For now, at least, brands are bullish about in-app ad potential. eMarketer predicts that spending on in-app mobile ads will grow to 73.2 percent of all US mobile ad spending next year. That equates to 44 percent of total digital ad spending—more than what marketers plan to spend on desktop ads.
Driving this growth of in-app activity is performance. In-app ads tend to earn more clicks than their desktop and mobile web counterparts. A report from Medialets found that in-app ads earned a 0.55 percent click-through rate compared to only 0.26 percent for ads on the mobile web.
Dating app Tinder claims its own in-app ad secret sauce: the swipe. According to Tinder, 20 percent of users “swipe right” on ads, indicating they want to engage further with branded mobile content. When a user sees a video ad from early advertisers like Bud Light or Orbitz, they can swipe right to match with the advertiser and receive future content.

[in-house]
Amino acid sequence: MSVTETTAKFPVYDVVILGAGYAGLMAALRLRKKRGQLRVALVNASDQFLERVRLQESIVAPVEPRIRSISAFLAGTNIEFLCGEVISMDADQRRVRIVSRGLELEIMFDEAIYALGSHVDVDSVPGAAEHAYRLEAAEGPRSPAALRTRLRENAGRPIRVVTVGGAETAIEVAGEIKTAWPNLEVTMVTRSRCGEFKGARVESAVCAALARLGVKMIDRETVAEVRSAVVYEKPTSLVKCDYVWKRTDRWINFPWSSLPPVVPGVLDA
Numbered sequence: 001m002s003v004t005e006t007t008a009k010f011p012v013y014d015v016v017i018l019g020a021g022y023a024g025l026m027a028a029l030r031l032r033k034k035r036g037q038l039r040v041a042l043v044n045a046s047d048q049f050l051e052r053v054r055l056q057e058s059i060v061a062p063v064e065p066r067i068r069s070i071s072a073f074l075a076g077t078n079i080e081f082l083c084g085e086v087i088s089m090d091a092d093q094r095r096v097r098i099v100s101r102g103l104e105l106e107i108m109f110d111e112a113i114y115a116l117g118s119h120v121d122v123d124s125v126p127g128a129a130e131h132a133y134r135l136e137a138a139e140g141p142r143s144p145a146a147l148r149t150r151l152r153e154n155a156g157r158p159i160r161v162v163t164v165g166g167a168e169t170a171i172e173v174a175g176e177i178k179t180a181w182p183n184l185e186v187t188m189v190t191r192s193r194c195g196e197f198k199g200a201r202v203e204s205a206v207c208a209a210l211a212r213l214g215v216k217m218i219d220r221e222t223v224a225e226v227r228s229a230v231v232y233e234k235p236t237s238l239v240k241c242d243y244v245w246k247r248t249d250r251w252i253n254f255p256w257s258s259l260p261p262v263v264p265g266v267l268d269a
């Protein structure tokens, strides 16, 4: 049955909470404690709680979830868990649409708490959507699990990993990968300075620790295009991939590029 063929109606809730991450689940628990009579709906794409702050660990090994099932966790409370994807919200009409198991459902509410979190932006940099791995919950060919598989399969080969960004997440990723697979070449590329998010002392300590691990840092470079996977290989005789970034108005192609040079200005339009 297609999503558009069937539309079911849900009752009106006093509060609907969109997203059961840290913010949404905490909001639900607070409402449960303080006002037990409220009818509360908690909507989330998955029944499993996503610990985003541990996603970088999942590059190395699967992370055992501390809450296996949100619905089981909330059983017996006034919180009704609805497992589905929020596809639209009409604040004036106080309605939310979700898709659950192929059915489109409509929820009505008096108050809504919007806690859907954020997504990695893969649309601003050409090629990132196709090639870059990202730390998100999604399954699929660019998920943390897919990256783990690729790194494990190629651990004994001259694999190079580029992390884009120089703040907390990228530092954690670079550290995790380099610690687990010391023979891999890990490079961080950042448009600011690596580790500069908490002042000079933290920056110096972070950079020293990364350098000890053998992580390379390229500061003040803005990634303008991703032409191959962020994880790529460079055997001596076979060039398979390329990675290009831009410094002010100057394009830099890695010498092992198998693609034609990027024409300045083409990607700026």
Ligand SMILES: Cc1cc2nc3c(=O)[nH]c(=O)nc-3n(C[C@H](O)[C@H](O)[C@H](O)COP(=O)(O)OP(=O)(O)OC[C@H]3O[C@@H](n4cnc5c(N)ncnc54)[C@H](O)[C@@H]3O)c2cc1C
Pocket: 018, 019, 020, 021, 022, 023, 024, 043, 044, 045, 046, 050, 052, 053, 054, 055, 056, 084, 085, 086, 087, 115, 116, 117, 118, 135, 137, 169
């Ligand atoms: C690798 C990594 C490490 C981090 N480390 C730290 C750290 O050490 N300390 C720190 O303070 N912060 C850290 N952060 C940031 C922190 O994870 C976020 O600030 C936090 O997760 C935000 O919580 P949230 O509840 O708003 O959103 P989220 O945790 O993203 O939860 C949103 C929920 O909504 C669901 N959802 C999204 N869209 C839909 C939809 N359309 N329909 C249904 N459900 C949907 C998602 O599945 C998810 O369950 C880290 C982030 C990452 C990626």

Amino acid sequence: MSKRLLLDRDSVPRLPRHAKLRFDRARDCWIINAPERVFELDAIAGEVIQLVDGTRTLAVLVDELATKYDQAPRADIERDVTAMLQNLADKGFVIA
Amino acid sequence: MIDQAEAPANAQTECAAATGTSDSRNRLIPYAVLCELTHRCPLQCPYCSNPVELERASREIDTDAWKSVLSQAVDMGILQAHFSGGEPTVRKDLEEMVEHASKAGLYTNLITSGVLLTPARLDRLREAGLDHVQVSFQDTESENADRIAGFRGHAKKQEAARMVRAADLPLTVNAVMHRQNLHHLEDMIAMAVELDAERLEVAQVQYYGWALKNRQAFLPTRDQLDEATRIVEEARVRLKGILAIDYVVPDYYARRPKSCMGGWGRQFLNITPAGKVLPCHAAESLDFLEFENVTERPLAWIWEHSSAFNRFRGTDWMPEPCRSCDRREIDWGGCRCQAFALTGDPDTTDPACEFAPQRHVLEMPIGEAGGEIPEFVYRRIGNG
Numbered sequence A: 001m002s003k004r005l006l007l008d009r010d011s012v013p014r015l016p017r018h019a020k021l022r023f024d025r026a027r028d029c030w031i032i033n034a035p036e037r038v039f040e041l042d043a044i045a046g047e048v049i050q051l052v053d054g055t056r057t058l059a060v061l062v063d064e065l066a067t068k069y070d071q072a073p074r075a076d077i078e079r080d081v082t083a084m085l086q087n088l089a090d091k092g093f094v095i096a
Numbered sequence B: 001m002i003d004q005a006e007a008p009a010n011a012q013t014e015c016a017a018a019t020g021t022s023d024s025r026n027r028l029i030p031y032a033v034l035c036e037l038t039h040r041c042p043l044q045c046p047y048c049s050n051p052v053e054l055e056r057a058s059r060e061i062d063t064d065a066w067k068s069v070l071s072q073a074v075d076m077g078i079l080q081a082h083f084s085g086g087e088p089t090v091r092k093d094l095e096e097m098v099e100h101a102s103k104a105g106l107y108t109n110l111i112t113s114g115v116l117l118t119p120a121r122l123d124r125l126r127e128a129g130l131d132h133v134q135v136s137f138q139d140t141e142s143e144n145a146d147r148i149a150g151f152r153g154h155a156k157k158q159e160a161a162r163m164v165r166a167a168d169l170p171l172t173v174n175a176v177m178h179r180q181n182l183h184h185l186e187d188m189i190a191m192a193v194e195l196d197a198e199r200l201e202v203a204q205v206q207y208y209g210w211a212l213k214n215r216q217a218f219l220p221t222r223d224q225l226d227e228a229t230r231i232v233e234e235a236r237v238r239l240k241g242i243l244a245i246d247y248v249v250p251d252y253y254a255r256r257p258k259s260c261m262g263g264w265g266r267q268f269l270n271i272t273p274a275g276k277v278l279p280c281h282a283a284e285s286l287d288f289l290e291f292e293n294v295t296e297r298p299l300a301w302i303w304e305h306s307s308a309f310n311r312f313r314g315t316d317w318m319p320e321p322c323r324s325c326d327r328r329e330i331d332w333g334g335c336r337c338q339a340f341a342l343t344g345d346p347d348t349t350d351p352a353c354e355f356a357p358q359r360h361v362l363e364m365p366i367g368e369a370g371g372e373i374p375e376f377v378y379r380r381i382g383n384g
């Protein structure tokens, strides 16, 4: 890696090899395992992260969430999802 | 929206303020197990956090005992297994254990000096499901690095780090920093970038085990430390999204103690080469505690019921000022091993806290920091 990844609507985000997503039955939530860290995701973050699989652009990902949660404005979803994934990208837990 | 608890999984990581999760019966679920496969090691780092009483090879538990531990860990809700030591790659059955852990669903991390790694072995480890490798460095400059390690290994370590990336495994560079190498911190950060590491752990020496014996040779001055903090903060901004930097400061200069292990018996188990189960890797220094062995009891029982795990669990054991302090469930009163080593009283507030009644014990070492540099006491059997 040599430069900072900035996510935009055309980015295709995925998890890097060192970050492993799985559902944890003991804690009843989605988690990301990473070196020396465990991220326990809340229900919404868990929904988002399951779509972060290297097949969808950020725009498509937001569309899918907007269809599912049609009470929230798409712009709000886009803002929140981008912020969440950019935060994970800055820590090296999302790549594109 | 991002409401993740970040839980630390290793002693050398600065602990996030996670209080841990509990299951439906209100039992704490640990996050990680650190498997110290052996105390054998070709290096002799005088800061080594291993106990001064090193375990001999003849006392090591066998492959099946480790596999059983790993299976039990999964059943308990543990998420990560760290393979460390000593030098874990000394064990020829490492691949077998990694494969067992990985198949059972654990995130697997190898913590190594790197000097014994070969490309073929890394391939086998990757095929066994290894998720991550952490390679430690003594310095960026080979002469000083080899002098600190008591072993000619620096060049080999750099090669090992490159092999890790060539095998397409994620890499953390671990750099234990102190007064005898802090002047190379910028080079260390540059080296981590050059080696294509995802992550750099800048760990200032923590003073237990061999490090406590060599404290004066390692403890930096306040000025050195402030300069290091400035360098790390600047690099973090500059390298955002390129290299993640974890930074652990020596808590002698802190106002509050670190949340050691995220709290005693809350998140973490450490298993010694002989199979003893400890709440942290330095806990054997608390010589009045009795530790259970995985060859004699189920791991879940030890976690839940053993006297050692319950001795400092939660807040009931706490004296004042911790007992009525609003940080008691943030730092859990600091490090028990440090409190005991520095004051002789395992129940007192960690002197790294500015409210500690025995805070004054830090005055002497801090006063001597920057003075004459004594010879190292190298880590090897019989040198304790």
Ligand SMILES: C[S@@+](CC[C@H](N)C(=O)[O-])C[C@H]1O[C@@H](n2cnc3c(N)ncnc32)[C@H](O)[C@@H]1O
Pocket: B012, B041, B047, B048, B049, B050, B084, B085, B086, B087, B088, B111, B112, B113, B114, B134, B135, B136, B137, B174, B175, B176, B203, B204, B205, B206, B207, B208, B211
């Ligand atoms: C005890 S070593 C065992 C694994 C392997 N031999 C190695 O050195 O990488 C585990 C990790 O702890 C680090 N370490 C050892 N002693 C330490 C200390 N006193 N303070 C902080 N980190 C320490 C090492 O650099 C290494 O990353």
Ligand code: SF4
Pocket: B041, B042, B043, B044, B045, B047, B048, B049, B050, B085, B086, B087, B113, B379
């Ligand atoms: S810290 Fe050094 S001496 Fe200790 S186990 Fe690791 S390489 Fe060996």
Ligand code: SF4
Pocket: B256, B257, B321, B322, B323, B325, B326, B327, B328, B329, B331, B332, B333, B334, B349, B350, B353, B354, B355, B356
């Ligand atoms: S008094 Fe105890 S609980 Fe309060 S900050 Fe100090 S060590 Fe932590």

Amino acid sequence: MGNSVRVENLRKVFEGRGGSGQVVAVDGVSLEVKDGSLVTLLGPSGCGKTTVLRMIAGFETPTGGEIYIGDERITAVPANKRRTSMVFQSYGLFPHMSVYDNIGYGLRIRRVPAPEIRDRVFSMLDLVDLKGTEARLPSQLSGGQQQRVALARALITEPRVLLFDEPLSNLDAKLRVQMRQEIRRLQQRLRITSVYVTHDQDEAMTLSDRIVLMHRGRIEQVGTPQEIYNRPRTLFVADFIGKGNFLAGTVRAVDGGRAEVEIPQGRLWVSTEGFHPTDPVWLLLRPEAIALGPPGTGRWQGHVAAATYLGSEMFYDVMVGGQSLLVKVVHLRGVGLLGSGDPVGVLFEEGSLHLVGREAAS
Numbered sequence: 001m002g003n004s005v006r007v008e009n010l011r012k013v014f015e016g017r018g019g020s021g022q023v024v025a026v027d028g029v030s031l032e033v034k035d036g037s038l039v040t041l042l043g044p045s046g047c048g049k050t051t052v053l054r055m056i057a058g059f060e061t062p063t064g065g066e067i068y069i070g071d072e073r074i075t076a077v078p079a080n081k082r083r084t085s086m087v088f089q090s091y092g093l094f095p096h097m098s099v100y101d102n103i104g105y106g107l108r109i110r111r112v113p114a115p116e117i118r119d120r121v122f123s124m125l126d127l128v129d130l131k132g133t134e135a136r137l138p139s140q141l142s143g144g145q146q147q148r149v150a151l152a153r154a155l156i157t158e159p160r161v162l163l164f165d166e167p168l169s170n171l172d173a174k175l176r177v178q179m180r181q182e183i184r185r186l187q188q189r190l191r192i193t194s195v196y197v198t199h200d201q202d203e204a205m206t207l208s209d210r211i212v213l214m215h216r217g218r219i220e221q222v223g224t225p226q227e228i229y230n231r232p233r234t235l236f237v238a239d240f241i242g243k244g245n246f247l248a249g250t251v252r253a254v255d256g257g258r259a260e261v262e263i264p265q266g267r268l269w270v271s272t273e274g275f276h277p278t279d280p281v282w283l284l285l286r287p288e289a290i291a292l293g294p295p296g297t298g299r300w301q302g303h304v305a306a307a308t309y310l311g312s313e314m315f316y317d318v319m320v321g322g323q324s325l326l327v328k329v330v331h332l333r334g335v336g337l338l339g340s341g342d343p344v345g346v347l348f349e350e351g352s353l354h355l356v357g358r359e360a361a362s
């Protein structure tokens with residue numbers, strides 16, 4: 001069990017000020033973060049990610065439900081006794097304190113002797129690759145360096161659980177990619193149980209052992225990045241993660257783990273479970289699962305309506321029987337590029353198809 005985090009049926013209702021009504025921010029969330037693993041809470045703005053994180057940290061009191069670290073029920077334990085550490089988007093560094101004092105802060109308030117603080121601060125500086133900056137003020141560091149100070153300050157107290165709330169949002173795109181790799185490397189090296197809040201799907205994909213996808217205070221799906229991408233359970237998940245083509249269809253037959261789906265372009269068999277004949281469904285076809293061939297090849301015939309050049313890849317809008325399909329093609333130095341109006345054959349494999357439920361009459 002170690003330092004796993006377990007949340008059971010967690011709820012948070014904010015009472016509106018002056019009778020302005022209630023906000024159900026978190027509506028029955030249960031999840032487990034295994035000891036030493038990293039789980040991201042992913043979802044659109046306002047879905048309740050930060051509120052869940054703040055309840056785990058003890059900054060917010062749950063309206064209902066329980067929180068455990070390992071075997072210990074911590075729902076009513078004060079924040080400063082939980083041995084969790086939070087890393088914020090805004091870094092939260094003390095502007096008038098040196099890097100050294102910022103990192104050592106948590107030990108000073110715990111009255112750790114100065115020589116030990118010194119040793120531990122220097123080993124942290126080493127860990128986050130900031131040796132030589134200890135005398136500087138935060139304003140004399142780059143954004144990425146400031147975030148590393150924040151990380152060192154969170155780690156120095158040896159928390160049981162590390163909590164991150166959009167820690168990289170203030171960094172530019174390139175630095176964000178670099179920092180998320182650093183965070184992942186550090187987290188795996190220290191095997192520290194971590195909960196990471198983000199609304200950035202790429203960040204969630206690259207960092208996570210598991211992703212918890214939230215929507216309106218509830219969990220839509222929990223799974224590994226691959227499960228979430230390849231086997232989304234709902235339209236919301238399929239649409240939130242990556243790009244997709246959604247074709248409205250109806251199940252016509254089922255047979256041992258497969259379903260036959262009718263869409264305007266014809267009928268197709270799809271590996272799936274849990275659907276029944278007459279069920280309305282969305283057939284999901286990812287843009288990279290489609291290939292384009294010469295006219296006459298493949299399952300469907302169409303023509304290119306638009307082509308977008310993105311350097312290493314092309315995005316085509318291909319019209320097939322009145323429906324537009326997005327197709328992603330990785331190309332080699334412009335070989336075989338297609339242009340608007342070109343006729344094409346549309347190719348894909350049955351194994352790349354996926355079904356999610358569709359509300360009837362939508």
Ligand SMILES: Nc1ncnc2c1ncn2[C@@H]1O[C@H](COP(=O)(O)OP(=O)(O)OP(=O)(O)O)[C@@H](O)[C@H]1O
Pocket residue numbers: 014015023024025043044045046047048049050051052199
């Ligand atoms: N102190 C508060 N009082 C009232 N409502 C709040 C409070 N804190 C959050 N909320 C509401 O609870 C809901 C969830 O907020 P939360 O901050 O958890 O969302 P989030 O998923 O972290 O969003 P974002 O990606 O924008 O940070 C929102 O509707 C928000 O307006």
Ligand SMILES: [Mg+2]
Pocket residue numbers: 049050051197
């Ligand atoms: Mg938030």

Snapchat is also reporting success with its own in-app ads. Curated stories around major events, like the Super Bowl, feature ads intermittently. While jarring for some, they also capture attention. The approach seems to be working, as a majority of Snapchat users say they like ads on the platform, as the Content Standard previously reported.
All of the in-app ad growth could be a double-edged sword. In-app ads may get higher engagement in the short-term, but if the space becomes saturated with ads, users’ attention may start to drift. Doomsayers predict that an explosion of apps will lead to app fatigue among users. Bombarded with so many apps and ads, it’s all too easy for consumers to swipe left to ignore.
To hook app users, content marketers should adopt a constant refrain: add value. Mobile content, from the fanciest interactive ad to a lowly banner ad, needs to deliver value in an innovative, mobile-optimized way. In the competitive mobile marketing space, anything less is just noise.
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